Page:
In this context, I commend Japan’s multi-stakeholder initiative for preventing recidivism, which will be showcased in Kyoto, as well as its embrace of multi-disciplinary perspectives and strategies, in line with the approach of the Sustainable Development Goals.
I also appreciate the presence at today’s meeting of a wide range of stakeholders with diverse backgrounds, including private sector and civil society representatives.
Another important dimension to be highlighted at the Congress will be education for the rule of law and its contribution to youth empowerment.
I am very pleased that one week prior to the Congress, the Government of Japan will hold a Youth Forum, with UNODC supporting its organization to bring the voices of youth from around the world to Kyoto.
I am glad to see youth representatives present here today and I welcome their commitment to working with us.
Achieving our goal of peaceful and inclusive societies requires broad support for crime prevention, and holistic solutions.
The pandemic has emphasized a strong need for integrated responses to prevent and counter transnational organized crime and terrorism, while safeguarding the recovery effort against corruption and fraud.
With its mandates addressing these interlinked challenges, UNODC is working to support countries in bringing a big-picture approach to Kyoto.
UNODC will also act as a bridge-builder between the achievements of Kyoto and next year’s global push to advance anti-corruption action, at the dedicated General Assembly Special Session in June, as well as the 9th Session of the Conference of the States Parties to the UN Convention against Corruption in Egypt in December 2021.
Ladies and gentlemen,
The Fourteenth UN Crime Congress is likely to be the first UN conference of this scale to be held outside UN Headquarters since the start of the pandemic.
The health and safety of all participants will be our paramount concern. This means putting in place strong protective and hygiene measures for those taking part in person, as well as a very significant effort to offer virtual participation, which entails additional costs.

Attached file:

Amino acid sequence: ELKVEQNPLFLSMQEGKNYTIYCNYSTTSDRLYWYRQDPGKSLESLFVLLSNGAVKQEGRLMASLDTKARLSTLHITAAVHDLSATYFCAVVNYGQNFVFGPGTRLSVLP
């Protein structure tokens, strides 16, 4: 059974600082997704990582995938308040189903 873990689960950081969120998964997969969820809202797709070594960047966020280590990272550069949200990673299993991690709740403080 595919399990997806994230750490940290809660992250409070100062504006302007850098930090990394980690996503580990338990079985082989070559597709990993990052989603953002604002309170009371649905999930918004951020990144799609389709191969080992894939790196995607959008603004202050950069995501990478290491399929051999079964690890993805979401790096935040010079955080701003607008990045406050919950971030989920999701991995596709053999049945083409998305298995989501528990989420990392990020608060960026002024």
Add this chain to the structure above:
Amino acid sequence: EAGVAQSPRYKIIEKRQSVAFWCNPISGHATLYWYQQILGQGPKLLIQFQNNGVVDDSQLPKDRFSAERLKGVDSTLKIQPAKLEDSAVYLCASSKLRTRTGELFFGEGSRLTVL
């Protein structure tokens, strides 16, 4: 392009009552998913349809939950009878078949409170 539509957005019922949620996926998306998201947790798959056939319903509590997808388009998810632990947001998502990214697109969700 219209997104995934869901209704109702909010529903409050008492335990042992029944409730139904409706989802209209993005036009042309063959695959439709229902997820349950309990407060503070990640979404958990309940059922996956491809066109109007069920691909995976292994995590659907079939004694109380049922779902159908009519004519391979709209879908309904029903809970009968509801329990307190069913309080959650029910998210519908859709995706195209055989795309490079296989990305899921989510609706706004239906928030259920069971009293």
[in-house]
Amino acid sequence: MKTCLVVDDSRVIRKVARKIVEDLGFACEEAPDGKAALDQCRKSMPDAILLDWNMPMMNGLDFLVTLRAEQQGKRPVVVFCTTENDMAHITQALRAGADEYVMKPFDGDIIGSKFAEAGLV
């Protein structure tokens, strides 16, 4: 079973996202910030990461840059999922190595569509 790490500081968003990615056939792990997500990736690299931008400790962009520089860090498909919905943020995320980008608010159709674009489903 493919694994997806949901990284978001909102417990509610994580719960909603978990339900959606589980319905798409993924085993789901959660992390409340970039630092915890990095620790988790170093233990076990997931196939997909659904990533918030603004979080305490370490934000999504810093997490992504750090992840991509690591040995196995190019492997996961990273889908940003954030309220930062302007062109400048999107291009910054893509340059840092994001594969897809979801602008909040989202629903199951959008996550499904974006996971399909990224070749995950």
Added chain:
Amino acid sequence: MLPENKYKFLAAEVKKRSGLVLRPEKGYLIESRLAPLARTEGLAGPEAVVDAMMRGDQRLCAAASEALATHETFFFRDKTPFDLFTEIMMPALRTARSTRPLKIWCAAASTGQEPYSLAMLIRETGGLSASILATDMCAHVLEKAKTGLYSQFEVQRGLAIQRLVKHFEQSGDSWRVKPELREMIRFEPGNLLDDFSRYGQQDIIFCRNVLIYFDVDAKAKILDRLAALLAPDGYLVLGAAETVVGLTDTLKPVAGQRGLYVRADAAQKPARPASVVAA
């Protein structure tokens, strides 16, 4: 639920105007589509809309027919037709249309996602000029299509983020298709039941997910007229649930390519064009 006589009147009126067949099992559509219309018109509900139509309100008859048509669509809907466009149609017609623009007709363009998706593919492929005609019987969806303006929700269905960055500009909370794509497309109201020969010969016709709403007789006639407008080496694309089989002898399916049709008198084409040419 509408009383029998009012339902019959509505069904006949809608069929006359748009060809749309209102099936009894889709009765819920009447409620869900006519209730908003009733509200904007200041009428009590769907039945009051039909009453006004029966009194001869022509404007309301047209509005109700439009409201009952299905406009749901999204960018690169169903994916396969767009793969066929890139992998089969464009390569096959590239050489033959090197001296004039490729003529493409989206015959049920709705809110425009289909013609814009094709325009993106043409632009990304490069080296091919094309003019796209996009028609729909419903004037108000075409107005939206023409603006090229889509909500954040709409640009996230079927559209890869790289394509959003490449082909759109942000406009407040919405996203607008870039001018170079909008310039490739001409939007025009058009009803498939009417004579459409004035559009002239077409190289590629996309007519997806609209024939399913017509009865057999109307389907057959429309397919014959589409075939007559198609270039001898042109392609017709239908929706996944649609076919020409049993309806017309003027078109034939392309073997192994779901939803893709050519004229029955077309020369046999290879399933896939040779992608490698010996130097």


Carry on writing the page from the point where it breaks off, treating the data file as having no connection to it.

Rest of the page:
In this regard, I sincerely thank Minister Kamikawa, Mr. Kazuo Kitagawa, Parliamentary Vice-Minister Nakanishi, Mr. Daisaku Kadokawa, and the distinguished members of the Diet present today, whose strong political leadership to enable the organization of the Congress amidst these new challenges has been instrumental.
The Congress will enable in-person participants gathered in the Kyoto International Conference Center to interact with online participants from all around the world.
I believe that by using this new hybrid format, we can increase possibilities for more inclusive participation and facilitate broader outreach.
With the Kyoto Congress, we have the opportunity to set and showcase new standards for the organization of large-scale international meetings.
A successful Congress held in a hybrid format will offer a new milestone in leveraging technology to advance international cooperation.
UNODC is working very hard with Japan to overcome the challenges posed by the hybrid format and harness innovation so that together, we can deliver the world’s largest and most diverse forum in the field of crime prevention and criminal justice.
In conclusion, let me thank once again the distinguished members of the Parliamentary Association, for their continuous support for the Congress.
UNODC will do its utmost to assist Japan in ensuring a successful Kyoto Congress, and support the Commission on Crime Prevention and Criminal Justice in translating the Congress’ outcomes into action, resulting in a strong legacy for the international community for years to come.